By Chinaka Okeke
The recent comment by the US President Donald Trump, when he said he would be “very disappointed” in North Korean leader Kim Jong-un, if reports about rebuilding a rocket launch site in North Korea proved true, puts a question mark on whether the rising diplomacy between the two countries would fail.
Trump’s comments came as new activities were detected at a North Korean intercontinental ballistic missile plant.
Analysts viewed that there is a lack of trust in the relations between the two countries. This is largely because the second summit between Trump and Kim occurred on February 27 and 28, 2019 in Vietnam regarding North Korea’s nuclear program, ended abruptly without an agreement.
The development has created a worrisome thought: as whether the North Korea leader is honest in dealing with the United States.
However, Trump through his top political officer has said U.S is still open to talk more with Mr. Kim.
Political and diplomatic relations between North Korea and the United States have been historically hostile since the Korean War. And during his presidency, George W. Bush, referred to North Korea as part of “the Axis of Evil” because of the threat of its nuclear capabilities.
In recent years, the US-North Korea relations have been seriously deteriorated by North Korea’s tests of nuclear weapons. Just as its development of long-range missiles capable of striking targets thousands of miles away, and its ongoing threats to strike the United States and South Korea with nuclear weapons and conventional forces worsened the lifeless relationship.
Due to the cracked relationship between the two, Sweden acts as the protecting power of United States interests in North Korea for consular matters since the Korean War. And while U.S has maintained a strong military presence in South Korea, it also considered, de jure, South Korea as the sole legitimate representative of all of korea .
In 2017, there was a significant tensions and amplified rhetorics between the two countries following the emergence of Donald Trump’s presidency. And this was attributed to a feeling that North Korea’s nuclear weapons program was developing at a faster rate than previously thought.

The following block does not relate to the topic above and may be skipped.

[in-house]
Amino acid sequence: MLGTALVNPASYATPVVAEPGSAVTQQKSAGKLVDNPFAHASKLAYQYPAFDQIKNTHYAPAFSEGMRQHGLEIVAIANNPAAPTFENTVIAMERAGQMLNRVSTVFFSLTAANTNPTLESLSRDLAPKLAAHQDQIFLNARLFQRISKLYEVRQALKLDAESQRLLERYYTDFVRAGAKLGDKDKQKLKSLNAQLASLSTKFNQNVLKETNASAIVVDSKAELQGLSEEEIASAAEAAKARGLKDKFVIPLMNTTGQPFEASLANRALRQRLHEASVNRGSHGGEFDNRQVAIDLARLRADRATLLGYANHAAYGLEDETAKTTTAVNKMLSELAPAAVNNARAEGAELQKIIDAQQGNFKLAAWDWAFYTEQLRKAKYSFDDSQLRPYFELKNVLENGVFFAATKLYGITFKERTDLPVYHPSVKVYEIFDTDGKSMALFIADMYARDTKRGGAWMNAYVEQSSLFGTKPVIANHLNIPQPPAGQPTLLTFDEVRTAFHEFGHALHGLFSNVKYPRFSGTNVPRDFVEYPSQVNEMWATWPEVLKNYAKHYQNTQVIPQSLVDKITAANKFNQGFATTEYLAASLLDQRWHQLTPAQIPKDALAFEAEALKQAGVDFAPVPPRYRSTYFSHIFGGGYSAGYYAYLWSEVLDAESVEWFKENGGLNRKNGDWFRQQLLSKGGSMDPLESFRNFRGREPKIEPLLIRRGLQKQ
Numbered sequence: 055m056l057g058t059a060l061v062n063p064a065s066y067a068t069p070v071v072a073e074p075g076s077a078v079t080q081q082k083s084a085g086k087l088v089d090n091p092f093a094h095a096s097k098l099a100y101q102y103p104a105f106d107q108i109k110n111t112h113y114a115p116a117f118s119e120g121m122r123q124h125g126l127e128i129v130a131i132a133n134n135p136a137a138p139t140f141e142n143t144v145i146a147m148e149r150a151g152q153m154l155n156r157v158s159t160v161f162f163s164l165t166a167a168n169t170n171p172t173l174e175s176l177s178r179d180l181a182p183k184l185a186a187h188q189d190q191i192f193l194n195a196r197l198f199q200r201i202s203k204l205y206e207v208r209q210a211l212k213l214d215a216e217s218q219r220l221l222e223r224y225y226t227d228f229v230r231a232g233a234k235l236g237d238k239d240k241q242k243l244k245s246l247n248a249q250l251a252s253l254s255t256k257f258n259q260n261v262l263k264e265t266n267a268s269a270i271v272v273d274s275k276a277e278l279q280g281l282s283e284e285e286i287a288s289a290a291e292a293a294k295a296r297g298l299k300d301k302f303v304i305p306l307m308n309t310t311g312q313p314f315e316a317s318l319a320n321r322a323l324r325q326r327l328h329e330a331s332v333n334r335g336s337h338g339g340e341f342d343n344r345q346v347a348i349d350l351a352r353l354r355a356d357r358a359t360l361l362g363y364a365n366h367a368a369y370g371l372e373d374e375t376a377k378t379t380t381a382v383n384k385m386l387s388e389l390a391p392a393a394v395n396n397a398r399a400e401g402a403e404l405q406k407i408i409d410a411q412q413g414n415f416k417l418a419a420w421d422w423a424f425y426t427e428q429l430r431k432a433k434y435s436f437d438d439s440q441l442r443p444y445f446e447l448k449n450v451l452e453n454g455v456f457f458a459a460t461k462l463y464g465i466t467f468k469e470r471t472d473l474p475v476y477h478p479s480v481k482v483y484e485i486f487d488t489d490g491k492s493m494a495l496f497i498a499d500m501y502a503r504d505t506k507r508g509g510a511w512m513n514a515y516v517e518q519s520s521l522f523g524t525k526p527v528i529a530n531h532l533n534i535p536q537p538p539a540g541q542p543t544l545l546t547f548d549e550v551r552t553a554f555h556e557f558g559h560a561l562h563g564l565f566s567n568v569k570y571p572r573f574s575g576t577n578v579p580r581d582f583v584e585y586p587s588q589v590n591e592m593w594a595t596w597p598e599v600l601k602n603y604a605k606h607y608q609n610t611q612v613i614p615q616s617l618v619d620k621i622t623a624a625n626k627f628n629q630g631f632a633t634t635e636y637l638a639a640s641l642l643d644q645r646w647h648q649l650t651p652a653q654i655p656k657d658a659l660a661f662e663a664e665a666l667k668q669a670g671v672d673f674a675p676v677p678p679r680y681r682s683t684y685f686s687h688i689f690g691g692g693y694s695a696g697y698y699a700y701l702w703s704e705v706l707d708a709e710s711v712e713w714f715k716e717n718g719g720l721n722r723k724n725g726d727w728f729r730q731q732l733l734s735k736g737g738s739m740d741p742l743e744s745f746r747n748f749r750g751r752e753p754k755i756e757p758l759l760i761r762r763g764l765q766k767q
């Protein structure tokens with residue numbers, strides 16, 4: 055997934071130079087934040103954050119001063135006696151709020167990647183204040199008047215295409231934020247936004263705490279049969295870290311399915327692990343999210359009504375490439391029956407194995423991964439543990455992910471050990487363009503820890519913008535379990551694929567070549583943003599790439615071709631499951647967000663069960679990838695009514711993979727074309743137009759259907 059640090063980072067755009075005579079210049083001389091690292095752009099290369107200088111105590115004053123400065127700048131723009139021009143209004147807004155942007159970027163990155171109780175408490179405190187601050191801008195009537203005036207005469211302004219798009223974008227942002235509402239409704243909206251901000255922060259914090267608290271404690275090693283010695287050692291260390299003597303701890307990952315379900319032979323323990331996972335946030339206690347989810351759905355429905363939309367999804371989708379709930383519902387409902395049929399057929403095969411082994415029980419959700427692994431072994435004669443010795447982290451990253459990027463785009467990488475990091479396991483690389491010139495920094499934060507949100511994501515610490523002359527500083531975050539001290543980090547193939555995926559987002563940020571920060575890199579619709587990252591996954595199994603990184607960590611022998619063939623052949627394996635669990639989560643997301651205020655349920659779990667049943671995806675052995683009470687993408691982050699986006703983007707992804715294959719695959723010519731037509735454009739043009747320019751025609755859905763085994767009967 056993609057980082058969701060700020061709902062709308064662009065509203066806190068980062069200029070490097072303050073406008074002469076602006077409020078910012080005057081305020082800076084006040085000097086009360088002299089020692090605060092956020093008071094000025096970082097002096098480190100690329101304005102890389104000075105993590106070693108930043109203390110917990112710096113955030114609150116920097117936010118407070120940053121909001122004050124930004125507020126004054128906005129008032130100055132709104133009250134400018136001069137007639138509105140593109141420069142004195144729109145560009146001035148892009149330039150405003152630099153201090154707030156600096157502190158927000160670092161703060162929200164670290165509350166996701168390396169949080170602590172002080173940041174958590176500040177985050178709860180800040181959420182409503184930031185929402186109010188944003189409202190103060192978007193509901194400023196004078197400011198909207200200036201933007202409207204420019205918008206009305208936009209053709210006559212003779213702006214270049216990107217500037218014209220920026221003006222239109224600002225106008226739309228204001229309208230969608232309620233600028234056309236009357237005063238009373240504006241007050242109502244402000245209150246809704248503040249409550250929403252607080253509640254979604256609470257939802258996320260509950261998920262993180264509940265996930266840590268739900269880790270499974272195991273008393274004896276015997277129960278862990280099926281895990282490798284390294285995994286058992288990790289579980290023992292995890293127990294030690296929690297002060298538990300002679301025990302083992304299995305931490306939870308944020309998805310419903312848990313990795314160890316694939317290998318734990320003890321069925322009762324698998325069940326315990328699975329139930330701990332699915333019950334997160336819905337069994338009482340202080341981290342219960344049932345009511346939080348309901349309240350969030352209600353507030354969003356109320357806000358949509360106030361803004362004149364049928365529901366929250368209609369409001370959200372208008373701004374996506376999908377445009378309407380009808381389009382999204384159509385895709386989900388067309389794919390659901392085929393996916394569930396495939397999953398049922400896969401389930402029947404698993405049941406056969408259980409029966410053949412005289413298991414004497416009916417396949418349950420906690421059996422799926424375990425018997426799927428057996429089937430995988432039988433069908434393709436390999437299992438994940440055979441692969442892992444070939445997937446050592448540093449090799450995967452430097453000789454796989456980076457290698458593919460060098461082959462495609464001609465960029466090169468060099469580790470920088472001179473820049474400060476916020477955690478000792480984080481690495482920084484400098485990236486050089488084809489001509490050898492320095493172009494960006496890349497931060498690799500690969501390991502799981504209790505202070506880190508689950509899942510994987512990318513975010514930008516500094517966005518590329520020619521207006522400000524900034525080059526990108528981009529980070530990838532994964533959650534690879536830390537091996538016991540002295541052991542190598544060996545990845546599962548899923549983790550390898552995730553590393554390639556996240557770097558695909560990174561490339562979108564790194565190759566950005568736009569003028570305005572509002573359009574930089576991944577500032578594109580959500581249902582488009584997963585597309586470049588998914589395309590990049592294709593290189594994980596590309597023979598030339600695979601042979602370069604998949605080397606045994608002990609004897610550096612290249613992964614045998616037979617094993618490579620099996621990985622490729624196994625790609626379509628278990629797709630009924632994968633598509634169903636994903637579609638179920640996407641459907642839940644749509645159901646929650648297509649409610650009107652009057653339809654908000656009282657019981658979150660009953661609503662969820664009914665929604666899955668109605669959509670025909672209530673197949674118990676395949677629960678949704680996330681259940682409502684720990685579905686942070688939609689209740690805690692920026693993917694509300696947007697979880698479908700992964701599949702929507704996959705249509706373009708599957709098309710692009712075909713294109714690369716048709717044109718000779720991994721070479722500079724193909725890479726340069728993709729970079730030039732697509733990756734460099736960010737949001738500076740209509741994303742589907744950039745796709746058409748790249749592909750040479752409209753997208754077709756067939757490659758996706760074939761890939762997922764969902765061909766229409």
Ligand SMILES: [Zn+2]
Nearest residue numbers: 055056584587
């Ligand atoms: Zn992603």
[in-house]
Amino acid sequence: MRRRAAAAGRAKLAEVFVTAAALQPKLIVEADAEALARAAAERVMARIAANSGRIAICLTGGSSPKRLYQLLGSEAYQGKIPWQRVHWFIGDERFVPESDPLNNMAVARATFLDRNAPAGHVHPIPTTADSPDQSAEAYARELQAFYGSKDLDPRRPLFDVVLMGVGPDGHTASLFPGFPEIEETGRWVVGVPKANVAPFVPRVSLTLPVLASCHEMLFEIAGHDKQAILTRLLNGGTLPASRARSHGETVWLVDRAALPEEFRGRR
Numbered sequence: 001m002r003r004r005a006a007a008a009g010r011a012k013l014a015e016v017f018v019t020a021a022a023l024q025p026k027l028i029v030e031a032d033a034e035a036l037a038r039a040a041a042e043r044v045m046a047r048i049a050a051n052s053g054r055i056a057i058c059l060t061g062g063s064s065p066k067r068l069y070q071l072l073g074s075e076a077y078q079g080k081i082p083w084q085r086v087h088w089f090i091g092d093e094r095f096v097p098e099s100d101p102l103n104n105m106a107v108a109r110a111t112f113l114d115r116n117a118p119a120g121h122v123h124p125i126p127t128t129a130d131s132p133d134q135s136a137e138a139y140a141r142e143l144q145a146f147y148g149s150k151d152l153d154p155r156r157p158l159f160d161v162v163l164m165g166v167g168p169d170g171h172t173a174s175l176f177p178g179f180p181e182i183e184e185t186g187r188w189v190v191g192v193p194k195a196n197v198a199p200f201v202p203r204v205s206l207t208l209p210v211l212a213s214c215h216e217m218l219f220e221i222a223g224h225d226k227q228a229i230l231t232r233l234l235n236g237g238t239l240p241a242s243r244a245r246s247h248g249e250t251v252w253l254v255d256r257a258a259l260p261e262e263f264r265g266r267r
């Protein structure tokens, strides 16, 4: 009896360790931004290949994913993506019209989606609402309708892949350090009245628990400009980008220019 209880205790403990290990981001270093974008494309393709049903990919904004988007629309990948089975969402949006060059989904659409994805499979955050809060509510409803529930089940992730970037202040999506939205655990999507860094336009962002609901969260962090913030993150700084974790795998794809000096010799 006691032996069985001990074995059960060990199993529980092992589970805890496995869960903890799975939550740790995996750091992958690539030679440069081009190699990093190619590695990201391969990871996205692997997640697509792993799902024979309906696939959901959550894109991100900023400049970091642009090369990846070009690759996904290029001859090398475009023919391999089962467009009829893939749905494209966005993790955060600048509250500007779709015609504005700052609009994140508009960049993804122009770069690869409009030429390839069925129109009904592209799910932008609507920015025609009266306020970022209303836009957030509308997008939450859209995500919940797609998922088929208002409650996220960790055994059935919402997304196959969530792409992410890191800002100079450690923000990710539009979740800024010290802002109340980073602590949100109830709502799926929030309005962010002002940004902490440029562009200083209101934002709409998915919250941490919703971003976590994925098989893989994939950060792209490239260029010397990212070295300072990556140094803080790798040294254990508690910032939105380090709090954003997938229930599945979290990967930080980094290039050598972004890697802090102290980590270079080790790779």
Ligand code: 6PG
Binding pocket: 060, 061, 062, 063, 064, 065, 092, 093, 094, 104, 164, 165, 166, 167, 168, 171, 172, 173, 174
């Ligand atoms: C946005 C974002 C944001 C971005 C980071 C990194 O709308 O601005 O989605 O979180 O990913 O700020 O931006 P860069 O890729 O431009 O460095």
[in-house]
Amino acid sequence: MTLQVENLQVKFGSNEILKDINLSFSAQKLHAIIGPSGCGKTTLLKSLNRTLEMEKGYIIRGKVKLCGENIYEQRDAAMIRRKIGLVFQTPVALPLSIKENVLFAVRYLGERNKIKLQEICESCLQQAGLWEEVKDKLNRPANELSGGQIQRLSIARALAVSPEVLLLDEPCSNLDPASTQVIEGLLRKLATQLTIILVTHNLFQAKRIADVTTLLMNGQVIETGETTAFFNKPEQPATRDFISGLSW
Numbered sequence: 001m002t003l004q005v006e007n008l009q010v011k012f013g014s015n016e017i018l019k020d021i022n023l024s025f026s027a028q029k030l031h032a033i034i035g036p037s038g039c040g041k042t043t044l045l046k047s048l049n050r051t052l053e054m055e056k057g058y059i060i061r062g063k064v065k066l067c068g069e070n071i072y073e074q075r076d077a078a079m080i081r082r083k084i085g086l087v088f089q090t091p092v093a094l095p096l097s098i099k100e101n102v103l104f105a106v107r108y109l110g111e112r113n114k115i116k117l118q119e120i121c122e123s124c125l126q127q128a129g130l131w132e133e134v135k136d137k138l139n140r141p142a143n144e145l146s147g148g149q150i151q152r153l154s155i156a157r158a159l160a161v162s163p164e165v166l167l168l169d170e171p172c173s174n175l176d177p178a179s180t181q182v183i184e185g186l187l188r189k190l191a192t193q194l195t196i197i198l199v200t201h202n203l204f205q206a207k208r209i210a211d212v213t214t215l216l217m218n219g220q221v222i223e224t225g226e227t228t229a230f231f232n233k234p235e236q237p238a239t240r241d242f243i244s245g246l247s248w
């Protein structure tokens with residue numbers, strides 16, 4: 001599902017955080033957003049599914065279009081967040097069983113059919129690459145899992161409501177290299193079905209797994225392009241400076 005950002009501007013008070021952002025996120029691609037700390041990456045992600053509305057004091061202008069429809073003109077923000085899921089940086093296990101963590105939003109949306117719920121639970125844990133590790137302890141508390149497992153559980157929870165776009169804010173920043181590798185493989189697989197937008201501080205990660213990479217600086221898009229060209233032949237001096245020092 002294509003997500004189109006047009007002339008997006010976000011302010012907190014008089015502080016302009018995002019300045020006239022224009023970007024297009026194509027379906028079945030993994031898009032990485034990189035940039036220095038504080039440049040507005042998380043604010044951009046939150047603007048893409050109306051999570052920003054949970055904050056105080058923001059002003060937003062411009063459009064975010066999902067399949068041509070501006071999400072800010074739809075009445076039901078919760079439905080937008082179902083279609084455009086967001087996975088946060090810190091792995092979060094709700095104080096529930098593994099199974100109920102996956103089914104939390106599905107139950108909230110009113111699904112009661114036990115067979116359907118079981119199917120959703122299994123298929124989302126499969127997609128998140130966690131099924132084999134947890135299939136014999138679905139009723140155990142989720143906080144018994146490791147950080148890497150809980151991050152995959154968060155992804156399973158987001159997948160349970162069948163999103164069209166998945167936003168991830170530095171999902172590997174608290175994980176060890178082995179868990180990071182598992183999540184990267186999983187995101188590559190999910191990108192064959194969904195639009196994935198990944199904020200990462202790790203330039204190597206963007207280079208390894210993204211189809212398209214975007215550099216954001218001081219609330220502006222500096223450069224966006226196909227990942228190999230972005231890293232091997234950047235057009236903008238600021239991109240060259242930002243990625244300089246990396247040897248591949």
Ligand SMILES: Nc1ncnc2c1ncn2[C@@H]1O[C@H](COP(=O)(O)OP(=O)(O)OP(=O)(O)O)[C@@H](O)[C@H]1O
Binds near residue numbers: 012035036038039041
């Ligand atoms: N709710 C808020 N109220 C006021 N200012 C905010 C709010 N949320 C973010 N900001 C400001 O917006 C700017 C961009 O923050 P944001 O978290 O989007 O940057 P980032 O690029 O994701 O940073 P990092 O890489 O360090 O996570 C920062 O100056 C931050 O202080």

Expectedly, the increasing rhetorics and Trump’s more aggressive approach to handling North Korea’s missiles testing and increasing military presence on the Korean Peninsula sparked speculation of a nuclear conflict.
But interestingly, North Korea and the United States of America have started off some formal diplomacy after the first Trump-Kim in 2018.
Despite fears of a massive conflict, a detente began to develop when on March 8, 2018, the White House confirmed that Trump would accept a meeting invitation from Kim Jong-un. And a meeting was scheduled in May.
But to the amazement of the world that was keenly watching, North Korea on May 15, 2018 cut off talks with South Korea and threatened to cancel the planned U.S -North Korea summit; and cited military exercises between the United States and South Korea as the reason behind its action.
This cancellation was quickly reversed when Trump received an uncharacteristically friendly reply from Kim. And on June 12, 2018, Trump and Kim met at the summit in Singapore, the very first summit meeting between the leaders of the two countries. Over the course of the summit, the two leaders engaged in several discussions and signed a joint statement calling for security, stability, and lasting peace.
A second summit between Trump and Kim occurred on February 27 and 28, 2019 in Vietnam regarding North Korea’s nuclear program, but ended abruptly without an agreement.
As the most useful oldest mechanism when it comes facilitating peaceful co-existence among the countries of the world, more ventures of diplomacy is highly in need between the two countries. And it must be sincerely fashioned towards achieving a progressive peaceful coexistence for the entire Korean Peninsula. Because any form of insincerity for self gain would cripple peace in the region for many more decades.